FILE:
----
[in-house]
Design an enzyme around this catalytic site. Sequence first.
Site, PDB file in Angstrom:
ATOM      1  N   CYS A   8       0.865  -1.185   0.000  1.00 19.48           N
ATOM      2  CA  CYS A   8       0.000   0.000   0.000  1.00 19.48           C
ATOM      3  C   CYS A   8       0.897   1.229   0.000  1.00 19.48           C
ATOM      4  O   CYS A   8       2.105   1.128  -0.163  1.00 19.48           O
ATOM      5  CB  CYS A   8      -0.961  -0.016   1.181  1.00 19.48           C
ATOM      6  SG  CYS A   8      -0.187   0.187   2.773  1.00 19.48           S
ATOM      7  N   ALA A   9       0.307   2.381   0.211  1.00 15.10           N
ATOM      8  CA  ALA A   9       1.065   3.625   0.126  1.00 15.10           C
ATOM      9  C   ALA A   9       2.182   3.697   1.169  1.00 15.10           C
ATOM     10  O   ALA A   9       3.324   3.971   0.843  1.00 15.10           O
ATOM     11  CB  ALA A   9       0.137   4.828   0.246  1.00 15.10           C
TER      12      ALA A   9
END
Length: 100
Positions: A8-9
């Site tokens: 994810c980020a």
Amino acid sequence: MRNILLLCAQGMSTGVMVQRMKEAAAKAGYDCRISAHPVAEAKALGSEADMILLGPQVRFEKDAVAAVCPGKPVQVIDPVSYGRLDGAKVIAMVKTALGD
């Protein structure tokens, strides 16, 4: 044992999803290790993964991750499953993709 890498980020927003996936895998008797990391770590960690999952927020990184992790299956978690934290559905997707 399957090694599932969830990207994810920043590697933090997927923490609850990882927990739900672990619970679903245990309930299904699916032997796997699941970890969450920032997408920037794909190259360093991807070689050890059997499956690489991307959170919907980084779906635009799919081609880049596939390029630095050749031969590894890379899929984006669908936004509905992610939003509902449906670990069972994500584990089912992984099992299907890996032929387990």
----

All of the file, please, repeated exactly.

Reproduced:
[in-house]
Design an enzyme around this catalytic site. Sequence first.
Site, PDB file in Angstrom:
ATOM      1  N   CYS A   8       0.865  -1.185   0.000  1.00 19.48           N
ATOM      2  CA  CYS A   8       0.000   0.000   0.000  1.00 19.48           C
ATOM      3  C   CYS A   8       0.897   1.229   0.000  1.00 19.48           C
ATOM      4  O   CYS A   8       2.105   1.128  -0.163  1.00 19.48           O
ATOM      5  CB  CYS A   8      -0.961  -0.016   1.181  1.00 19.48           C
ATOM      6  SG  CYS A   8      -0.187   0.187   2.773  1.00 19.48           S
ATOM      7  N   ALA A   9       0.307   2.381   0.211  1.00 15.10           N
ATOM      8  CA  ALA A   9       1.065   3.625   0.126  1.00 15.10           C
ATOM      9  C   ALA A   9       2.182   3.697   1.169  1.00 15.10           C
ATOM     10  O   ALA A   9       3.324   3.971   0.843  1.00 15.10           O
ATOM     11  CB  ALA A   9       0.137   4.828   0.246  1.00 15.10           C
TER      12      ALA A   9
END
Length: 100
Positions: A8-9
């Site tokens: 994810c980020a």
Amino acid sequence: MRNILLLCAQGMSTGVMVQRMKEAAAKAGYDCRISAHPVAEAKALGSEADMILLGPQVRFEKDAVAAVCPGKPVQVIDPVSYGRLDGAKVIAMVKTALGD
């Protein structure tokens, strides 16, 4: 044992999803290790993964991750499953993709 890498980020927003996936895998008797990391770590960690999952927020990184992790299956978690934290559905997707 399957090694599932969830990207994810920043590697933090997927923490609850990882927990739900672990619970679903245990309930299904699916032997796997699941970890969450920032997408920037794909190259360093991807070689050890059997499956690489991307959170919907980084779906635009799919081609880049596939390029630095050749031969590894890379899929984006669908936004509905992610939003509902449906670990069972994500584990089912992984099992299907890996032929387990």